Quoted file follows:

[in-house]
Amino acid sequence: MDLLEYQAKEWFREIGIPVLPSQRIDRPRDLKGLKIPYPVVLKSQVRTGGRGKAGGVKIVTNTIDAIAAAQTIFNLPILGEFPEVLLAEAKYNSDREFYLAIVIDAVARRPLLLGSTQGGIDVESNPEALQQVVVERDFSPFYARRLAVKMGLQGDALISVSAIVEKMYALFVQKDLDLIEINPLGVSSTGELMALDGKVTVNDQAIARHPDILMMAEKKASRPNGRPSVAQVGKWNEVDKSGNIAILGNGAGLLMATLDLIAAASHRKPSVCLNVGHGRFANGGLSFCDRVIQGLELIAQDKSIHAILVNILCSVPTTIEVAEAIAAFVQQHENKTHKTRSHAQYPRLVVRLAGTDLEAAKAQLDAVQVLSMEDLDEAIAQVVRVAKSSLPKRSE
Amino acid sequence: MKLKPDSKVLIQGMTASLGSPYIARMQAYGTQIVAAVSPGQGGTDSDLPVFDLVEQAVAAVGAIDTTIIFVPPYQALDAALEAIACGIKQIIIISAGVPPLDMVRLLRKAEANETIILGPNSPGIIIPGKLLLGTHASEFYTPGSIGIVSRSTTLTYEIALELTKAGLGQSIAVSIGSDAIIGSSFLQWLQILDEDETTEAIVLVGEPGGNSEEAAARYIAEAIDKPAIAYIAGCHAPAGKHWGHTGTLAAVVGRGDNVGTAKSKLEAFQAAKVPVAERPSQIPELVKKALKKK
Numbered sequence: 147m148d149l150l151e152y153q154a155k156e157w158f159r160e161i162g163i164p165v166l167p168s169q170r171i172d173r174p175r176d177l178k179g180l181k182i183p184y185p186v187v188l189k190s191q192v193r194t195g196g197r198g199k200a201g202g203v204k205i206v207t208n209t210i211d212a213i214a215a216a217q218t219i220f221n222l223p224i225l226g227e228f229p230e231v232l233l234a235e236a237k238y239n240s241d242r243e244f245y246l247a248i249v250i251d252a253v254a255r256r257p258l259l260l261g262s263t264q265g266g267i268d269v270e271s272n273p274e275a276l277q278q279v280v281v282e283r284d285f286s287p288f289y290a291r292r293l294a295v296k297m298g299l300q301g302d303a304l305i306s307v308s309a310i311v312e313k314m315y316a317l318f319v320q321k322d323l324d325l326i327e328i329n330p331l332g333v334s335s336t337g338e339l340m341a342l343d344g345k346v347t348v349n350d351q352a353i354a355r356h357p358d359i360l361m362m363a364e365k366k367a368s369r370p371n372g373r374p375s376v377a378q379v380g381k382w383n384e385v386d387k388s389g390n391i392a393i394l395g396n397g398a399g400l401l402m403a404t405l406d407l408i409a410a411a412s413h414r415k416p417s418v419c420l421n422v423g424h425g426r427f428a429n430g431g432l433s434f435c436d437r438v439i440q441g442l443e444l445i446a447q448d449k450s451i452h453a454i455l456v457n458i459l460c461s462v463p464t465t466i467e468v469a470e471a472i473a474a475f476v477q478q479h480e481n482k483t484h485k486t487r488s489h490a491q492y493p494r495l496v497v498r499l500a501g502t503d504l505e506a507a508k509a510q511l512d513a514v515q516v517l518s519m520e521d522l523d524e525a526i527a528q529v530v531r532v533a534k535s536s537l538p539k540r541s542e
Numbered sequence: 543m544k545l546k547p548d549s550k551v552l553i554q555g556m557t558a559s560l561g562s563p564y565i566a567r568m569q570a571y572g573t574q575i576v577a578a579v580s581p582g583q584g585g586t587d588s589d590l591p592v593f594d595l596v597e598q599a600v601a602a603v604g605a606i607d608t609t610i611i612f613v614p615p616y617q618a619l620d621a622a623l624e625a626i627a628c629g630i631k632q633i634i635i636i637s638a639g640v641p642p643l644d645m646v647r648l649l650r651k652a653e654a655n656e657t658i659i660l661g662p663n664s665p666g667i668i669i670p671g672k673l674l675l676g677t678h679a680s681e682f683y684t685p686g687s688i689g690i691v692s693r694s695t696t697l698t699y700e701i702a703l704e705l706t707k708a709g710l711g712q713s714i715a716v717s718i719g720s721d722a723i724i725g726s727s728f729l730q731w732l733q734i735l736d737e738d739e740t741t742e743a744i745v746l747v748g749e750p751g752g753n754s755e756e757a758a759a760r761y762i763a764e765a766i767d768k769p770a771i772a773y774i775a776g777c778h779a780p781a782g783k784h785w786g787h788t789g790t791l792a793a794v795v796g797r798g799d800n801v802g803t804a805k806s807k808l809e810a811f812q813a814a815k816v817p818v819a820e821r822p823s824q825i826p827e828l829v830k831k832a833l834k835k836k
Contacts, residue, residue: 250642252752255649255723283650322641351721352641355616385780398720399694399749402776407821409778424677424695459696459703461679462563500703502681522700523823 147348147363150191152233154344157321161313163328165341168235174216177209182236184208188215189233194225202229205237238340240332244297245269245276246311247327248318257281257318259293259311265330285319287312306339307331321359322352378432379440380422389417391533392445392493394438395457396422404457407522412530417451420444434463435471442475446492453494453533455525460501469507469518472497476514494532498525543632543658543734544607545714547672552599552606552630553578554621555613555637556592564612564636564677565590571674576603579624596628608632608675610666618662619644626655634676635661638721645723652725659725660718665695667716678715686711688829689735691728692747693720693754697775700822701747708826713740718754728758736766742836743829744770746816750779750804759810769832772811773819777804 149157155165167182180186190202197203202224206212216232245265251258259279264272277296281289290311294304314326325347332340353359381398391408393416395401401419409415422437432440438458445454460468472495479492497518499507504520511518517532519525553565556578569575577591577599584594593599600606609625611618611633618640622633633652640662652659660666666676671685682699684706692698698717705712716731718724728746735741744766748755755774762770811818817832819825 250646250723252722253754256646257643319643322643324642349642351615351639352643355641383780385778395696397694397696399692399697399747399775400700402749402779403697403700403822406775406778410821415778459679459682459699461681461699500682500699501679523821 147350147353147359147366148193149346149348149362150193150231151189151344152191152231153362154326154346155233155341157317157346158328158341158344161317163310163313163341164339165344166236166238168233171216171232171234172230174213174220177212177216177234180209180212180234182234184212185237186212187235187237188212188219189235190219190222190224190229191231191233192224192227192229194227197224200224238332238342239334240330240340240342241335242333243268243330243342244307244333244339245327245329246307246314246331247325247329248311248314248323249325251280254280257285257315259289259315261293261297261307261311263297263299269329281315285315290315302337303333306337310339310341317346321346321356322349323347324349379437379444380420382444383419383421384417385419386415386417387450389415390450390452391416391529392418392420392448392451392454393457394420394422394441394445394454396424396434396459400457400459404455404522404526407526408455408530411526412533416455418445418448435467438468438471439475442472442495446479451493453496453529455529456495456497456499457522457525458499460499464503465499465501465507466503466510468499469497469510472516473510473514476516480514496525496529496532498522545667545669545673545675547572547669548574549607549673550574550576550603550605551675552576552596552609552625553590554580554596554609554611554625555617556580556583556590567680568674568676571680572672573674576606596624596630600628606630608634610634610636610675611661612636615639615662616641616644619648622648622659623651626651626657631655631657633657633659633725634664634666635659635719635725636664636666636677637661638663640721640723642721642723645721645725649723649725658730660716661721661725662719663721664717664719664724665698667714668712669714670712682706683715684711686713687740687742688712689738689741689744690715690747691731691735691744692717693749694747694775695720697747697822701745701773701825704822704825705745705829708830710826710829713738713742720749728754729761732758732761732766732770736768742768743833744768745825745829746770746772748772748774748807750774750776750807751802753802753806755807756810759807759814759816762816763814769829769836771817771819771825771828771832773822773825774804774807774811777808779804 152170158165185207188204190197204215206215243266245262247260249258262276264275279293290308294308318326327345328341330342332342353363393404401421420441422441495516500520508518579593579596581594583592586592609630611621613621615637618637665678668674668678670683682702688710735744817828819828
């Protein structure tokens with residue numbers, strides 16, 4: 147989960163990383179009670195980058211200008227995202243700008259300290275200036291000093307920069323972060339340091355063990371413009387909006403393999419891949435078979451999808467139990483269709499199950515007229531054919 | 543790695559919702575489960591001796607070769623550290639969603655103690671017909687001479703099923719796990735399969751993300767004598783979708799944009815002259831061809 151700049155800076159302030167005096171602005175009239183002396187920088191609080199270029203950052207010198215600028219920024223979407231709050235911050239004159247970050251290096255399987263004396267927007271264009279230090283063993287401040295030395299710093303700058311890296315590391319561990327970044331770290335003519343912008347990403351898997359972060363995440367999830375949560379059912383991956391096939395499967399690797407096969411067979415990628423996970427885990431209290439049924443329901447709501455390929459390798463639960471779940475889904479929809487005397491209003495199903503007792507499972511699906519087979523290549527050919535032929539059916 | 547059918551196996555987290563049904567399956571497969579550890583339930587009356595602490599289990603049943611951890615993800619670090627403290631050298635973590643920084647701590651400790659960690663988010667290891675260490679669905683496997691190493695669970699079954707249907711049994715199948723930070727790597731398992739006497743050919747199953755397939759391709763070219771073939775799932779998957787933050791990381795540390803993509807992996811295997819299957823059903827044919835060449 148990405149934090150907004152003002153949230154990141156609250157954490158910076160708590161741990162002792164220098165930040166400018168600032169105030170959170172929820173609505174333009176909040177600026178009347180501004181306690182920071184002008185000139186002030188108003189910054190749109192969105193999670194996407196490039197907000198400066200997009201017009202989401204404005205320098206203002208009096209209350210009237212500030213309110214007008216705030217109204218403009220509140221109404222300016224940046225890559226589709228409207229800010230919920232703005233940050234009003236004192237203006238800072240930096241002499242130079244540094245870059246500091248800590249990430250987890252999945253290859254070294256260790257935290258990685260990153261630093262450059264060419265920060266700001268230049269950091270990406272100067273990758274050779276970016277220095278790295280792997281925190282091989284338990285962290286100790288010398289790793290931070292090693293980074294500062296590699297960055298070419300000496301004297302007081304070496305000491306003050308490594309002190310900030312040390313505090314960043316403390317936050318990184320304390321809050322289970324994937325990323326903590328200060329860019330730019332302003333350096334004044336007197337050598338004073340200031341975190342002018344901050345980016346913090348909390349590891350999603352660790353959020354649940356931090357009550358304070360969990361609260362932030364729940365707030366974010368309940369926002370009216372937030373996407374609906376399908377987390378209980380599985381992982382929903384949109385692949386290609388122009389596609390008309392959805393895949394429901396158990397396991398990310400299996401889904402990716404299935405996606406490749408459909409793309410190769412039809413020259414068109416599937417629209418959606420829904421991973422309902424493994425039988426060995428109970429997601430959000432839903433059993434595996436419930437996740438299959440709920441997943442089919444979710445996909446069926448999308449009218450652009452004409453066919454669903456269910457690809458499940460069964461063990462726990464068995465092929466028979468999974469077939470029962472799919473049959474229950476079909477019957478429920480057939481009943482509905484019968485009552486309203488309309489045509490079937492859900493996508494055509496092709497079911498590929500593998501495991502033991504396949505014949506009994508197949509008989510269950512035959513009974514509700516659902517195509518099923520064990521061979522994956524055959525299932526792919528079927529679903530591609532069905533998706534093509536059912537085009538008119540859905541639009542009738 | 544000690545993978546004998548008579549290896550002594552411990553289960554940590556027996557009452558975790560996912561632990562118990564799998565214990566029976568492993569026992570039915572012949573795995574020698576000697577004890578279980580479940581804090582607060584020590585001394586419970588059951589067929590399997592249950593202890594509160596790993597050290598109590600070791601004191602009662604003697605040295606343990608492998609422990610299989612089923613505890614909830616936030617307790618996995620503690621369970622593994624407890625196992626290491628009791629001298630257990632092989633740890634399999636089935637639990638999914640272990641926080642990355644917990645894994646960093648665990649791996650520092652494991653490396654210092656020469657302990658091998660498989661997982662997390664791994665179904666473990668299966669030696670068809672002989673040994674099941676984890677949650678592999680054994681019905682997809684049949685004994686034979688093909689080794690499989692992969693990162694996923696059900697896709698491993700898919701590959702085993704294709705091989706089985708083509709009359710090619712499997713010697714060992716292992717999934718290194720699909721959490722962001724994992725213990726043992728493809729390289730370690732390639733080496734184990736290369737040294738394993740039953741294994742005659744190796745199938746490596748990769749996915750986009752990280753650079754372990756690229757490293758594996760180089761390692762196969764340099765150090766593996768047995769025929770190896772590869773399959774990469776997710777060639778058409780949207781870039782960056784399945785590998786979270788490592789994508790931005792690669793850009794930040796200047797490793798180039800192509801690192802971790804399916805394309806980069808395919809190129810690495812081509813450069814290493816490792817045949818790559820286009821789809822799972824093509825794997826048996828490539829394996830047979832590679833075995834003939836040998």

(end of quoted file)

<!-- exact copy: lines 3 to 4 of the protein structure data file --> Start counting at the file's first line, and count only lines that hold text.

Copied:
Amino acid sequence: MKLKPDSKVLIQGMTASLGSPYIARMQAYGTQIVAAVSPGQGGTDSDLPVFDLVEQAVAAVGAIDTTIIFVPPYQALDAALEAIACGIKQIIIISAGVPPLDMVRLLRKAEANETIILGPNSPGIIIPGKLLLGTHASEFYTPGSIGIVSRSTTLTYEIALELTKAGLGQSIAVSIGSDAIIGSSFLQWLQILDEDETTEAIVLVGEPGGNSEEAAARYIAEAIDKPAIAYIAGCHAPAGKHWGHTGTLAAVVGRGDNVGTAKSKLEAFQAAKVPVAERPSQIPELVKKALKKK
Numbered sequence: 147m148d149l150l151e152y153q154a155k156e157w158f159r160e161i162g163i164p165v166l167p168s169q170r171i172d173r174p175r176d177l178k179g180l181k182i183p184y185p186v187v188l189k190s191q192v193r194t195g196g197r198g199k200a201g202g203v204k205i206v207t208n209t210i211d212a213i214a215a216a217q218t219i220f221n222l223p224i225l226g227e228f229p230e231v232l233l234a235e236a237k238y239n240s241d242r243e244f245y246l247a248i249v250i251d252a253v254a255r256r257p258l259l260l261g262s263t264q265g266g267i268d269v270e271s272n273p274e275a276l277q278q279v280v281v282e283r284d285f286s287p288f289y290a291r292r293l294a295v296k297m298g299l300q301g302d303a304l305i306s307v308s309a310i311v312e313k314m315y316a317l318f319v320q321k322d323l324d325l326i327e328i329n330p331l332g333v334s335s336t337g338e339l340m341a342l343d344g345k346v347t348v349n350d351q352a353i354a355r356h357p358d359i360l361m362m363a364e365k366k367a368s369r370p371n372g373r374p375s376v377a378q379v380g381k382w383n384e385v386d387k388s389g390n391i392a393i394l395g396n397g398a399g400l401l402m403a404t405l406d407l408i409a410a411a412s413h414r415k416p417s418v419c420l421n422v423g424h425g426r427f428a429n430g431g432l433s434f435c436d437r438v439i440q441g442l443e444l445i446a447q448d449k450s451i452h453a454i455l456v457n458i459l460c461s462v463p464t465t466i467e468v469a470e471a472i473a474a475f476v477q478q479h480e481n482k483t484h485k486t487r488s489h490a491q492y493p494r495l496v497v498r499l500a501g502t503d504l505e506a507a508k509a510q511l512d513a514v515q516v517l518s519m520e521d522l523d524e525a526i527a528q529v530v531r532v533a534k535s536s537l538p539k540r541s542e